17

Please consider the following minimal example:

\documentclass{article}
\tracingrestores=1

\def\foo{\bar\foobar}
\def\bar{\gdef\testA{blabb}}
\def\foobar{\expandafter\gdef\csname testB\endcsname{blubb}}

\begin{document}
{\foo}

\testA
\testB

\end{document}

The resulting log file contains an entry {retaining \testB=macro:->blubb}, but no corresponding entry for \testA. As far as I understand TeX, this means that \csname...\endcsname defines the macro \testA as \relax locally, which I immediately after reassign globally as "blubb", which, in turn, adds an retaining-entry on my save_stack.

In my real-world application, i need to be able to define a potentially infinite number of individually named macros using csname-constructions, which now has lead to a stack overflow because of this. (well, maybe not infinite, but definitely more than 80000s…)

My question now is: Is there a way to initialize a \csname…\endcsname-construct globally to avoid them being stacked on the save-stack? Or some kind of workaround which keeps my save-stack clean?

8
  • luatex a possibility? Aug 16, 2019 at 16:27
  • why are you defining so many global variables in a local context? Aug 16, 2019 at 16:50
  • xmltex… in a nutshell i'm reading the information from style- and class attributes in html tables and store that information in control sequences to render them later after some calculations and processing. For each cell. Individually.... And we have books that consist only of tables… And no, luatex is not an option: too slow for professional typesetting.
    – Lupino
    Aug 16, 2019 at 16:56
  • I still don't see why this should means that you need groups. Also it sounds as if you would gain a lot by using lua to do the processing. Aug 16, 2019 at 17:12
  • 1
    xmltex, ooh, a user:-) Aug 16, 2019 at 17:41

2 Answers 2

21
+100

Instead of making the \csname assignment global, you can make it even more local:

\documentclass{article}
\tracingrestores=1

\def\foo{\bar\foobar}
\def\bar{\gdef\testA{blabb}}
\def\foobar{\begingroup\expandafter\endgroup\expandafter\gdef\csname testB\endcsname{blubb}}

\begin{document}
{\foo}

\testA
\testB

\end{document}

Now the \expandafter is executed in a group, so the \csname defined \testB to \relax in a group which ends before \gdef starts. So \testB is undefined when the global definition occurs which should avoid the retaining entry.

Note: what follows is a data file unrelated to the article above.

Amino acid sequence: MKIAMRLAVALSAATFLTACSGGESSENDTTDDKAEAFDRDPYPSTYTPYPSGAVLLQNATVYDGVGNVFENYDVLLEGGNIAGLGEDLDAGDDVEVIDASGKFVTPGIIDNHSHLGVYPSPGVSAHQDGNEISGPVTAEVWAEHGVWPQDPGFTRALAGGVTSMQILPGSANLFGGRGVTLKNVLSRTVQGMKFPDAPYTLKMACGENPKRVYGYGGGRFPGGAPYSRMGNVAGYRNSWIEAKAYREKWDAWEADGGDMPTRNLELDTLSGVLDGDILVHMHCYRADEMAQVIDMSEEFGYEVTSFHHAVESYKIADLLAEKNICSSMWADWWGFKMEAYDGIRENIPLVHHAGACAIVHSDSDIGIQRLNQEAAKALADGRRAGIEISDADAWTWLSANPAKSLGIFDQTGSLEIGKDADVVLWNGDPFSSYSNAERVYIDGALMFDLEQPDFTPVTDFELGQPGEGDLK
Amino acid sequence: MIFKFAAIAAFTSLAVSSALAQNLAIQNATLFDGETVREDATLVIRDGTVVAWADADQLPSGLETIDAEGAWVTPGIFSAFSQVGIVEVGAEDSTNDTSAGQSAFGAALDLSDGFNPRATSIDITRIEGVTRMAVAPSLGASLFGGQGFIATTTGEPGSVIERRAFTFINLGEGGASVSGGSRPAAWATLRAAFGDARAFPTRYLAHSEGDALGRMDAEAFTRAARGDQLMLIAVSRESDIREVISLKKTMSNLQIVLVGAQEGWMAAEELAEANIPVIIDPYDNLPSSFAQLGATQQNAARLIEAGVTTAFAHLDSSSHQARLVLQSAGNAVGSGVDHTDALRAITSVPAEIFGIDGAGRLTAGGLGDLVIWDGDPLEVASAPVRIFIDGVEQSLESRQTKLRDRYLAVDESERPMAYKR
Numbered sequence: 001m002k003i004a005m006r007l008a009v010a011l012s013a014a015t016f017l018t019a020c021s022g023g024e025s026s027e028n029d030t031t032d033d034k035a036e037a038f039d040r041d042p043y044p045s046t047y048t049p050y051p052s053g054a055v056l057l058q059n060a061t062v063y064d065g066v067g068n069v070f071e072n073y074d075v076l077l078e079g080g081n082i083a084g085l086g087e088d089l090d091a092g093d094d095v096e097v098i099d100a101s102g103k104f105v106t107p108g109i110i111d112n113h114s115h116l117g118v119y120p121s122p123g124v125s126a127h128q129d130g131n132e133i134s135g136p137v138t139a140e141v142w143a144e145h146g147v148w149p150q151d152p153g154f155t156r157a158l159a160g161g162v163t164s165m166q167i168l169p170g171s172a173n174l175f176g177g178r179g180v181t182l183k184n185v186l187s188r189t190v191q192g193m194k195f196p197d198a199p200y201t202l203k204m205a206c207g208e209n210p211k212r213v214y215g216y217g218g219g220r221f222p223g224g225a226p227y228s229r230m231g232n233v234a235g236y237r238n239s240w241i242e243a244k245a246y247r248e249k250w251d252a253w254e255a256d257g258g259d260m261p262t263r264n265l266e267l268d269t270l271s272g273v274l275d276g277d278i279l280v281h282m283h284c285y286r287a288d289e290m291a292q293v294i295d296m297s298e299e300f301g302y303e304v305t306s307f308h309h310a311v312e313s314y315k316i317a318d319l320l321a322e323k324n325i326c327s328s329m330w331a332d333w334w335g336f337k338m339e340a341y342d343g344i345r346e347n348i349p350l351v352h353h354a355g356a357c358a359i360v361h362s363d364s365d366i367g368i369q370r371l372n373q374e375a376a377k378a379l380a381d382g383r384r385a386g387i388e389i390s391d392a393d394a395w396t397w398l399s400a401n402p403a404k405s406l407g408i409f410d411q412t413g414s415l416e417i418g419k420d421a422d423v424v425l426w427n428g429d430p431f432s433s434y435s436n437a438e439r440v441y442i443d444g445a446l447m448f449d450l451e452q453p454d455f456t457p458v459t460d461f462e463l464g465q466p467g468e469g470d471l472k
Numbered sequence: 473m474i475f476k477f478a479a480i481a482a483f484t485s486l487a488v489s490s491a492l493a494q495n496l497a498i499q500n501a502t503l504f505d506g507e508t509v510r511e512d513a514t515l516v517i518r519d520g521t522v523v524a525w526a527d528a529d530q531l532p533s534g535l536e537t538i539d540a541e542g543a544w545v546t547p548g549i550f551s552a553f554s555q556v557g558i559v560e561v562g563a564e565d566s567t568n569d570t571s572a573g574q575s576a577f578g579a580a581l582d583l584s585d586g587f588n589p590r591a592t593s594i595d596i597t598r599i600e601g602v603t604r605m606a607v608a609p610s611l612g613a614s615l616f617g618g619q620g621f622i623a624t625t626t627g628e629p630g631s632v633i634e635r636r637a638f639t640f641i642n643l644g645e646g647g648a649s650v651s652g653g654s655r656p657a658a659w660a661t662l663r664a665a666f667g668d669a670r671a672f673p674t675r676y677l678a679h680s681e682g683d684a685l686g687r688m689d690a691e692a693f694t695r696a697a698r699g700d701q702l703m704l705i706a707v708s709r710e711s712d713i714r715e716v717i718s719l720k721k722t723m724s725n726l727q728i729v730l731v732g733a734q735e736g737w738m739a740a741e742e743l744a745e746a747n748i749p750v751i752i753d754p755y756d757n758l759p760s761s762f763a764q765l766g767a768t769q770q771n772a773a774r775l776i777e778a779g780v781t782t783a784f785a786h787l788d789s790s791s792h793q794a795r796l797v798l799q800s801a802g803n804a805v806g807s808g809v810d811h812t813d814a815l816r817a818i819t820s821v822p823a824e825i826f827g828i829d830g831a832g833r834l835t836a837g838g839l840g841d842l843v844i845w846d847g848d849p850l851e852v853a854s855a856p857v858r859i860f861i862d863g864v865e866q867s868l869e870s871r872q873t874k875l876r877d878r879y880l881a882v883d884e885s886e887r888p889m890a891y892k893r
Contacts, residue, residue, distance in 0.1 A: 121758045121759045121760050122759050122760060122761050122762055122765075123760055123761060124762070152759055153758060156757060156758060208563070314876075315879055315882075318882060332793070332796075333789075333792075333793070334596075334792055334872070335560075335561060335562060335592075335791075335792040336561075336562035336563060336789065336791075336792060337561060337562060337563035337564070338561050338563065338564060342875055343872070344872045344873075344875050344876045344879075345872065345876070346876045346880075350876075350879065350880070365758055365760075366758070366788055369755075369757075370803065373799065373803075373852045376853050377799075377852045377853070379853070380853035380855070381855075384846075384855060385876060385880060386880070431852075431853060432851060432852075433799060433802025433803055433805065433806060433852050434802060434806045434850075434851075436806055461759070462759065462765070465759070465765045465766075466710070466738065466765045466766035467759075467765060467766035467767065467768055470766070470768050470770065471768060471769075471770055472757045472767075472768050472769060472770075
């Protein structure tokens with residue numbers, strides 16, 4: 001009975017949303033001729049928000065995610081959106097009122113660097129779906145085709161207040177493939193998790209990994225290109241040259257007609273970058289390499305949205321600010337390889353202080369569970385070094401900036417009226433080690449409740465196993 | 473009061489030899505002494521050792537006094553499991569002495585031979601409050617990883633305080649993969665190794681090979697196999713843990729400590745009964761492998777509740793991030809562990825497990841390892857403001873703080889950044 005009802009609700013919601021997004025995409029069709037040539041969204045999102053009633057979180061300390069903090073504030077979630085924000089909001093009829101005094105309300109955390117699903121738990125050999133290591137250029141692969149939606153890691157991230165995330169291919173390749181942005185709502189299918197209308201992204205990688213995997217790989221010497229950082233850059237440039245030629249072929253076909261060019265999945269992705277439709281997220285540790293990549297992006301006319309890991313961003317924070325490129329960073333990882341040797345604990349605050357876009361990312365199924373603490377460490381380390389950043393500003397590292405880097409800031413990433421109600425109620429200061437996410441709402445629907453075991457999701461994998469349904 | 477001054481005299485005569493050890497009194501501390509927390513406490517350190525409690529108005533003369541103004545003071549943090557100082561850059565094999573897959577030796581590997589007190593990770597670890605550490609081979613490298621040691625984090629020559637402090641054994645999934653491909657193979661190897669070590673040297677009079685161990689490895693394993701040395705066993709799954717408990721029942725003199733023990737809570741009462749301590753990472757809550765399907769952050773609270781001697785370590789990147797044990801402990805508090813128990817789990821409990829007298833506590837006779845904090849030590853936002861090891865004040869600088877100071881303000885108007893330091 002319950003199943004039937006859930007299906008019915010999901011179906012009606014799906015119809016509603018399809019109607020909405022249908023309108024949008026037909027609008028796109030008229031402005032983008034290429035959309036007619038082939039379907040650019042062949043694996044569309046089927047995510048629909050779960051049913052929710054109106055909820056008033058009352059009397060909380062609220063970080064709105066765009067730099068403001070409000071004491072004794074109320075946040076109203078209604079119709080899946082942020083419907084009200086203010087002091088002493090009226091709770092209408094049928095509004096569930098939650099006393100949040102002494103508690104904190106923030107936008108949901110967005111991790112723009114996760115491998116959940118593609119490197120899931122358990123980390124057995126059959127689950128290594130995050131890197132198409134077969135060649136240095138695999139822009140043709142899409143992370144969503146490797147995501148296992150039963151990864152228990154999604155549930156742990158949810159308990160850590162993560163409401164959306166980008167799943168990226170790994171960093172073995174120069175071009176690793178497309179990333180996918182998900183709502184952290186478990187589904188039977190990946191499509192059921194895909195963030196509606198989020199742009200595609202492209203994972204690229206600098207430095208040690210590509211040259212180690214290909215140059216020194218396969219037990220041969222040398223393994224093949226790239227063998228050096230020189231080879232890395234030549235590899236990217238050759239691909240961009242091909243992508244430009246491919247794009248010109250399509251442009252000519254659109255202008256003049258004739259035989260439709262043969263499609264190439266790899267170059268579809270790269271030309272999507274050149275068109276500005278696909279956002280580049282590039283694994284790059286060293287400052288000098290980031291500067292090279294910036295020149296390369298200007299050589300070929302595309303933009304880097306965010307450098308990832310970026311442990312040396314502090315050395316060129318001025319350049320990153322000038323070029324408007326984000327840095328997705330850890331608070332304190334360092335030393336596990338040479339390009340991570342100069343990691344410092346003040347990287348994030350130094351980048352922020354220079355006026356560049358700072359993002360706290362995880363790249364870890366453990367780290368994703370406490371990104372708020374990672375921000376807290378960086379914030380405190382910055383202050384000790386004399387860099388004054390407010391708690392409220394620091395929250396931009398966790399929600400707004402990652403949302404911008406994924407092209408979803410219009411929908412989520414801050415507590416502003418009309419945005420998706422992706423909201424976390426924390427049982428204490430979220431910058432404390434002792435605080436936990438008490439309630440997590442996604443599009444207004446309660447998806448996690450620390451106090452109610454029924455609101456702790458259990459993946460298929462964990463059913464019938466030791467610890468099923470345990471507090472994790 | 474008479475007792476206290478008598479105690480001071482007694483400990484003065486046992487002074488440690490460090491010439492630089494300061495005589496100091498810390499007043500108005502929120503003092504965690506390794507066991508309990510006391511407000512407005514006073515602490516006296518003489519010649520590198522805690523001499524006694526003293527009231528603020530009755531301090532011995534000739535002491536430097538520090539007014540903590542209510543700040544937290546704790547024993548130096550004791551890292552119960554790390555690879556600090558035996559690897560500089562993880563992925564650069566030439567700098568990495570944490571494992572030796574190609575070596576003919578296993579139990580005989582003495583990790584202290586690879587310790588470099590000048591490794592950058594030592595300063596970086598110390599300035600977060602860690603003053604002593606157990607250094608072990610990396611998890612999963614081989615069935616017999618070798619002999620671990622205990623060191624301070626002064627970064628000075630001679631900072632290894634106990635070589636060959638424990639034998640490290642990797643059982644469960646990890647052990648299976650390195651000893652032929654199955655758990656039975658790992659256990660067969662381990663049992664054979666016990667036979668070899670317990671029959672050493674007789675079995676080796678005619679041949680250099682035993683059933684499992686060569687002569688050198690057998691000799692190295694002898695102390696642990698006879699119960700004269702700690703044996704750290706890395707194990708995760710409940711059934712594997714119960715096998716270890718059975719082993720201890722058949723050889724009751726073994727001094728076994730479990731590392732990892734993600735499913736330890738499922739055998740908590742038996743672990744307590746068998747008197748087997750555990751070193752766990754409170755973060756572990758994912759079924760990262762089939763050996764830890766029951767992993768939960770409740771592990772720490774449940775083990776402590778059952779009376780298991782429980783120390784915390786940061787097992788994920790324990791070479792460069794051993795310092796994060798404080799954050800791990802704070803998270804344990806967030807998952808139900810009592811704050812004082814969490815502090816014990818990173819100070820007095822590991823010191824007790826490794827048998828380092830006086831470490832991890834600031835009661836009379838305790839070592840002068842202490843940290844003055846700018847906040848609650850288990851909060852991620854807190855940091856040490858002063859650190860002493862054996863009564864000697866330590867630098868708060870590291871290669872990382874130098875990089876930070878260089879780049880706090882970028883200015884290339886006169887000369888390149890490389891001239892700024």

6
  • 1
    I dont quite understand why this is working, but it works. Thanks.
    – Lupino
    Aug 16, 2019 at 17:31
  • 2
    This is absolutely genius! This allows to have a fully-expandable \ifcsname test without e-TeX using \begingroup\expandafter\endgroup\expandafter\ifx\csname foo\endcsname\undefined. Bounty will be offered when eligible. Aug 17, 2019 at 9:02
  • 2
    @HenriMenke Heiko uses this quite a bit in his packages too, but it's not really fully expandable, it leaves \begingroup\endgroup before the test (so you can't use it at start of a table cell without preventing \omit etc) Aug 17, 2019 at 10:04
  • 1
    Just for the sake of completeness: I got a hint from a colleague that \ltx@LocalExpandAfter from Oberdiek's ltxcmds.sty seems to do the same thing.
    – Lupino
    Aug 20, 2019 at 12:43
  • 2
    @Lupino I've attempted a (simplistic) explanation of why this works, on a follow-up question here. Aug 22, 2019 at 20:39
10

I don't know squat about (La)TeX stacks (other than stackengine, LOL), but if the goal is to avoid having the \csname inside a \def...

Expand the \csname before executing the outer \def.

\documentclass{article}
\tracingrestores=1

\def\foo{\bar\foobar}
\def\bar{\gdef\testA{blabb}}
\expandafter\def\expandafter\foobar\expandafter{\expandafter\gdef\csname testB\endcsname{blubb}}

\begin{document}
{\foo}

\testA
\testB

\end{document}
5
  • good trick, but I expect that's cheating, as the OP would probably need 80000 top level instances of that in the stated use case. (+1anyway:-) Aug 16, 2019 at 16:27
  • Gaining that extra-level of depth (height?), actually helps for most of my cases, but not for all :/ Am I assuming correctly that i would need one level of \expandafter for each "layer" of embeded macro? That woudl be bad, because \foo could itself be embedded in another macro, or not. And since I'm using (forced to use) xmltex, i probably never will reach "real" top-level with that method… Thanks anyways for the quick reply.
    – Lupino
    Aug 16, 2019 at 16:51
  • @Lupino As I said, I don't profess to understand what is under TeX's hood, such as stacks. However, if the csname is the issue, you would not need additional layers of \expandafter...only on the layer employing the \csname. If, on the other hand, the issue is one of \def vs. \gdef, then I am not sure. But if David thinks I am cheating, I probably am. Aug 16, 2019 at 17:03
  • @Lupino The key would be if you can think of a problem case that uses no \csnames... Aug 16, 2019 at 17:05
  • 1
    @StevenB.Segletes If i use \def\baz{\expandafter\def\expandafter\foobar\expandafter{\expandafter\gdef\csname testB\endcsname{blubb}}} and later {\baz\foo} i would need to extend the \expandafters outwards to \def\baz to raise the csname to the same level as my call to \testB, otherwise i have the same problem as before…
    – Lupino
    Aug 16, 2019 at 17:16

Your Answer

By clicking “Post Your Answer”, you agree to our terms of service, privacy policy and cookie policy

Not the answer you're looking for? Browse other questions tagged or ask your own question.